The size of a valve determines the capacity of processible flow, this needs to be aligned with the flow rates of the system. The size and geometry of the valve’s flow path ultimately determine the flow capacity, depending on the flow capacity required, the size of the valve components should be adjusted.

Another important factor to consider when selecting the right valve for your industrial fluid system is the temperature of the fluid handling system, as well as the temperature of the environment wherein the system operates. Sealing materials expand and contract when the temperature fluctuates hence why selecting a valve consisting of the most suitable materials is crucial.

A third factor to keep in mind is the pressure the valve needs to hold and operate under. To select the right valve, the system’s normal operating pressure, as well as the valve’s maximum pressure limit, should be considered.

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Experts for Process and Control Valves

Casey Williamson is Head of Business Development Microelectronics Global Industries for Georg Fischer. For the last 25 years, he has provided support for the semiconductor and photovoltaic sub-segments; through the years, he has been instru­mental in defining fab construction requirements as they apply to piping systems for the conveyance of high-purity liquids, process cooling, and chemical waste streams as well as analytical control systems to optimize the operations of UPW and waste systems.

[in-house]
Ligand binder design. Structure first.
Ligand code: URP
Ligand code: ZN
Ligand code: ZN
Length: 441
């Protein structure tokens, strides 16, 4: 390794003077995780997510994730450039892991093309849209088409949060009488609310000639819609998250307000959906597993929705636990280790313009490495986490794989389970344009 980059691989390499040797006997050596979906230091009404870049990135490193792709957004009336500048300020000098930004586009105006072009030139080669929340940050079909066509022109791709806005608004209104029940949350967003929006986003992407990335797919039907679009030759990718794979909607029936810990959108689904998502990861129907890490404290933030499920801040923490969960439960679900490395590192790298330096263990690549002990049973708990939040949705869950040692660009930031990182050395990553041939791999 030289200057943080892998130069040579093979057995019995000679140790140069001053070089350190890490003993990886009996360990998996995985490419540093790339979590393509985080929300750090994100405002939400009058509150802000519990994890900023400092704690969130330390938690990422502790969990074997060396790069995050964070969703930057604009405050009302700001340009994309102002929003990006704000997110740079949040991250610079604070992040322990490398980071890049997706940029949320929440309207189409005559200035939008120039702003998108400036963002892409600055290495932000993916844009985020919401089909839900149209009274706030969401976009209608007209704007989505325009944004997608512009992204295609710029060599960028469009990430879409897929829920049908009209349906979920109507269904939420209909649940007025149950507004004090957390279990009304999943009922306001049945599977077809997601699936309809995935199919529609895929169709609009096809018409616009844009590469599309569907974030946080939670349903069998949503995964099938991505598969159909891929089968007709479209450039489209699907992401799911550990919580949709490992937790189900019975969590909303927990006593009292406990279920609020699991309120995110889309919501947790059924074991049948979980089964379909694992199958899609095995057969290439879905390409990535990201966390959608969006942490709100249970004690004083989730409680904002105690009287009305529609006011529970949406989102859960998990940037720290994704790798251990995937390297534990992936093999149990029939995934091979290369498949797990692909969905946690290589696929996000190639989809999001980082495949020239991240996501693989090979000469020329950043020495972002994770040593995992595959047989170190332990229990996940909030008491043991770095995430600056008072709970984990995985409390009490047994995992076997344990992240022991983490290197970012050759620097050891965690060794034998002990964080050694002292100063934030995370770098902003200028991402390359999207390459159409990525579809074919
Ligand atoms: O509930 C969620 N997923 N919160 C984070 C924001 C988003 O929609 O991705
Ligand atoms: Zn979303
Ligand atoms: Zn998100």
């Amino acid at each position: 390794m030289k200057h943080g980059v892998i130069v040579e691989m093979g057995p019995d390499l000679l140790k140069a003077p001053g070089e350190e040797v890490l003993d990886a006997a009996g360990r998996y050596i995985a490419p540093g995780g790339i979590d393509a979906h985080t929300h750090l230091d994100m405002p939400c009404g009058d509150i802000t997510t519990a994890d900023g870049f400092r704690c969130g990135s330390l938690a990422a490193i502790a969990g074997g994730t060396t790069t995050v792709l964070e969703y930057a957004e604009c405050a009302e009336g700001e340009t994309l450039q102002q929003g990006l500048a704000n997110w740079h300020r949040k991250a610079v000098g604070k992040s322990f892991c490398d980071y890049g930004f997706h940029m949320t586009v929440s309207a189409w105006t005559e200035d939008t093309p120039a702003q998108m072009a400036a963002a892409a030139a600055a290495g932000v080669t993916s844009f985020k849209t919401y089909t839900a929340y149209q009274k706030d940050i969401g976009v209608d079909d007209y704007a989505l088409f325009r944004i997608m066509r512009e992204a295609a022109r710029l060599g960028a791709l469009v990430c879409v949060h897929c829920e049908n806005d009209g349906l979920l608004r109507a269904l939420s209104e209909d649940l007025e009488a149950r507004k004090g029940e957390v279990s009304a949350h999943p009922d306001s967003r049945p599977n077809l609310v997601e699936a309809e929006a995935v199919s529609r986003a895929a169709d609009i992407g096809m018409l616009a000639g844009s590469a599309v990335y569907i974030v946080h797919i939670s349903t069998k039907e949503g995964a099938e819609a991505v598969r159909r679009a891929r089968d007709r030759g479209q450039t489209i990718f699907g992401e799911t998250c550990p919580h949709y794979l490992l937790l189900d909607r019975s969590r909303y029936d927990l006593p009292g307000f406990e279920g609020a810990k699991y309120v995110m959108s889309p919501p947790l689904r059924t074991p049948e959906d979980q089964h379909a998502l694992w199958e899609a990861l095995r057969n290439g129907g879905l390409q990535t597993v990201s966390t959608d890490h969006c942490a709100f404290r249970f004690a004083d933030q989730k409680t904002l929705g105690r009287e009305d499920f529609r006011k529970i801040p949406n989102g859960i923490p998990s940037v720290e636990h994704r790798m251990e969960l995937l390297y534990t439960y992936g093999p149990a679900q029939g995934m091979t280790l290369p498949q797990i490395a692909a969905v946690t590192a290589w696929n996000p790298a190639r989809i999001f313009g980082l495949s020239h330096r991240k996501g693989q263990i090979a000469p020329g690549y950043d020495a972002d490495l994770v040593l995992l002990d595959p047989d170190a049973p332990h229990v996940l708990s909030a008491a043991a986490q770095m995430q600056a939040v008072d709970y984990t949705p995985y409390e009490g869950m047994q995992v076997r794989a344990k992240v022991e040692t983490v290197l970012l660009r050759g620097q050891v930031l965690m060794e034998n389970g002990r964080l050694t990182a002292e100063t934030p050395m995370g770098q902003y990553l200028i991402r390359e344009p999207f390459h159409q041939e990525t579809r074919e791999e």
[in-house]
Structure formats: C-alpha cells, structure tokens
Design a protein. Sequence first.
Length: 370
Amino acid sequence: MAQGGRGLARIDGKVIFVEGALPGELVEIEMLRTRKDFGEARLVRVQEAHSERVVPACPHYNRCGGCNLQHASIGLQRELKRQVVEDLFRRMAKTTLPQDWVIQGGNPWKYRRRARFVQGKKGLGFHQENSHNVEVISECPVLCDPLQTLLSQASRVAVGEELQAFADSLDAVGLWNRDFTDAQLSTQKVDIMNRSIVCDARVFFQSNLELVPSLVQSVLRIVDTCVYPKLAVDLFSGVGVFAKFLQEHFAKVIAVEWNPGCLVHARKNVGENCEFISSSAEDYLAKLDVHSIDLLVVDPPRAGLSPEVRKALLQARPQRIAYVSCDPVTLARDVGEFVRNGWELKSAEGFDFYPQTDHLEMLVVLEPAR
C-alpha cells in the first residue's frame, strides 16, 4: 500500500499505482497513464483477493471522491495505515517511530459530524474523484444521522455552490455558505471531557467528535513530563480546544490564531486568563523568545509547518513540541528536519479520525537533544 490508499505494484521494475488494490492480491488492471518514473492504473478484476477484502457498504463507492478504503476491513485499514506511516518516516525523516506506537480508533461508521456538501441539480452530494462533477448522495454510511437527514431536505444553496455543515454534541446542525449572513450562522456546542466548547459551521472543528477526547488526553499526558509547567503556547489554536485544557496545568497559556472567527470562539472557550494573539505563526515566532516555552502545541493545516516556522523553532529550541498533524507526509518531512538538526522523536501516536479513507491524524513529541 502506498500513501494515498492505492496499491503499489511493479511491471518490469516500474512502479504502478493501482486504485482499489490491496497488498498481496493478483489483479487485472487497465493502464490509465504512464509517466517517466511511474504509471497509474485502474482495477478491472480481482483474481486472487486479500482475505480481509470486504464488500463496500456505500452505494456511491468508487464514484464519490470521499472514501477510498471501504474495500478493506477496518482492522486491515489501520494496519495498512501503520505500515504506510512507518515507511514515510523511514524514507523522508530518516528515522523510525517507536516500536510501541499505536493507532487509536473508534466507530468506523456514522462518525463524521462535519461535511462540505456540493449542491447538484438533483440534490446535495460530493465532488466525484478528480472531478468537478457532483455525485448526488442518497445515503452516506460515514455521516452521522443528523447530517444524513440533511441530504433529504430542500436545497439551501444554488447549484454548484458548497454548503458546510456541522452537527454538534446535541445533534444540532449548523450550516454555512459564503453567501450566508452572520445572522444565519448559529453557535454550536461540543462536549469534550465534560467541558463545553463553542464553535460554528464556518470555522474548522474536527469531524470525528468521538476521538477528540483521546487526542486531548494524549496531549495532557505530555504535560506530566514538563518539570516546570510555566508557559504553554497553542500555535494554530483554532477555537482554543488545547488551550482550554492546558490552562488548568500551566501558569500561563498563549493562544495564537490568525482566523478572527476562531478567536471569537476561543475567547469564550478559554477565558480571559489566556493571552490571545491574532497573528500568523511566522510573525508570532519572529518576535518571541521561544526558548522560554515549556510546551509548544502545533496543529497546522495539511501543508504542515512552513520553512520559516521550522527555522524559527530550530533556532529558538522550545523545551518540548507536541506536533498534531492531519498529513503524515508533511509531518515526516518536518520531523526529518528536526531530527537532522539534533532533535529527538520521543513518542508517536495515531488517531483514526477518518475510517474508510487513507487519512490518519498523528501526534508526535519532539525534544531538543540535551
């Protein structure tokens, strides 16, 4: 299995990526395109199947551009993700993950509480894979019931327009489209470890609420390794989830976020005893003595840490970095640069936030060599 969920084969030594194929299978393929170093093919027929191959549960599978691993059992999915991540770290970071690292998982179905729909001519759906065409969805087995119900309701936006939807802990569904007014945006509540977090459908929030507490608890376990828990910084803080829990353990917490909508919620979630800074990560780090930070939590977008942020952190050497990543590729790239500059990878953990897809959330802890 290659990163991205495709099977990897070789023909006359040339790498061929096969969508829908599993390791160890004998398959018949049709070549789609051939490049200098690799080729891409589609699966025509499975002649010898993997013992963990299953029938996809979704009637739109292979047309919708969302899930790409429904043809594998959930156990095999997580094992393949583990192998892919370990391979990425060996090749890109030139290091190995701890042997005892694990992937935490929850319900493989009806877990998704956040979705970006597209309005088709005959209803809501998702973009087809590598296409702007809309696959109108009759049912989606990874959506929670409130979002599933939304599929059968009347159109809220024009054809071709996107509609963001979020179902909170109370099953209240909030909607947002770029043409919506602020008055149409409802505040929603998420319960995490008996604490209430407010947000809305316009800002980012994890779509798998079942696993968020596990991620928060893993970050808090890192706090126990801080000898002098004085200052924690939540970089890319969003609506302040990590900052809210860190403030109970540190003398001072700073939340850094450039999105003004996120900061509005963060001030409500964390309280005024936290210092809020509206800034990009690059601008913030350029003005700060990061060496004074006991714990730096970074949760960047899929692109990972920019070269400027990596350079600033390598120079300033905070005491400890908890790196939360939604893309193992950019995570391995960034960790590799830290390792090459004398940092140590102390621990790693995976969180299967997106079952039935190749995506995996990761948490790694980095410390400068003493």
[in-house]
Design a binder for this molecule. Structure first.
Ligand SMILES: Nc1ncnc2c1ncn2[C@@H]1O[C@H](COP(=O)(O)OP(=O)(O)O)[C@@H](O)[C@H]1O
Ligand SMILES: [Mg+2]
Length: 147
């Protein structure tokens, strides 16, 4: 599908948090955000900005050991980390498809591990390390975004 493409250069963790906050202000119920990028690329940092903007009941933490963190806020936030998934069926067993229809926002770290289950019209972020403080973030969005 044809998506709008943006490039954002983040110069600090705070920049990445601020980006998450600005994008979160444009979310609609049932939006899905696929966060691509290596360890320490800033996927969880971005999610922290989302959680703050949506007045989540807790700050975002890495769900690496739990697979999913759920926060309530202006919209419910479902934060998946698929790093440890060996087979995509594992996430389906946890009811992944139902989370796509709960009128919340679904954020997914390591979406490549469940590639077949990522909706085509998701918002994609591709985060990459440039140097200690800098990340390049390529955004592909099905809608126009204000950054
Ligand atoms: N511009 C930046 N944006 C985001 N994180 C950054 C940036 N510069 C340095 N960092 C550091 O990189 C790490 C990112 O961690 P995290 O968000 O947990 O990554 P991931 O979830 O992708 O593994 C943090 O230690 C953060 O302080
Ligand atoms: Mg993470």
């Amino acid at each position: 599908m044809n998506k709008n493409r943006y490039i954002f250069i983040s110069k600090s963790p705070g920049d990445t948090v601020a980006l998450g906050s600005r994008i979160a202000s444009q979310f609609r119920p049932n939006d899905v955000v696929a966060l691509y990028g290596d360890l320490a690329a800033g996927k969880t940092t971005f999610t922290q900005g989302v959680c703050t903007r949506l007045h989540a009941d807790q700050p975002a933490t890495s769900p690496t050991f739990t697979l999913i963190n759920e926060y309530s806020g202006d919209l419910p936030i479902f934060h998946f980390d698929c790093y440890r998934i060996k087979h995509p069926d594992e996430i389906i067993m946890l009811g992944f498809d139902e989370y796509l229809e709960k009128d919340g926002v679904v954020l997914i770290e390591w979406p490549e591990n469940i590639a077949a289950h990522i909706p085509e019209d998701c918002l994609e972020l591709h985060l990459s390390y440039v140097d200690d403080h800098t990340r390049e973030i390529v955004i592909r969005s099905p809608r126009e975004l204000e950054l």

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Erik Tiemensma, Sales Knowledge Manager, has over 20 years of experience in flow and pressure measurement and control for gas, liquid and vapour. For many years Erik worked as Sales Engineer supporting worldwide sales channels in finding the best solutions for customers’ applications. At Bronkhorst we are convinced that sharing experiences and knowledge is an added value for customers, when discussing the most suitable products for their applications. As part of this expert panel, looks forward to your challenging flow or pressure questions.
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Kyle Daniels, CEO, is an Aerospace Engineer and the inventor, Chief Engineer, and Head of Product Design of the Dilating Disk Valve™, formerly known as the Shutter Valve™. He holds several patents on the Dilating Disk™ Valve, and is an expert in the field of industrial valves. Mr. Daniels spent his career in the aerospace industry working at General Electric, Pratt & Whitney, and Embraer Aircraft. He is a graduate of The Ohio State University’s prestigious Aeronautical and Astronautical Engineering program and received a master’s degree (magna cum laude) from Brown University’s Program in Innovation Management and Entrepreneurship. Mr. Daniels is from Miami, FL and has resided in Ohio, Connecticut, Rhode Island and Paris, France.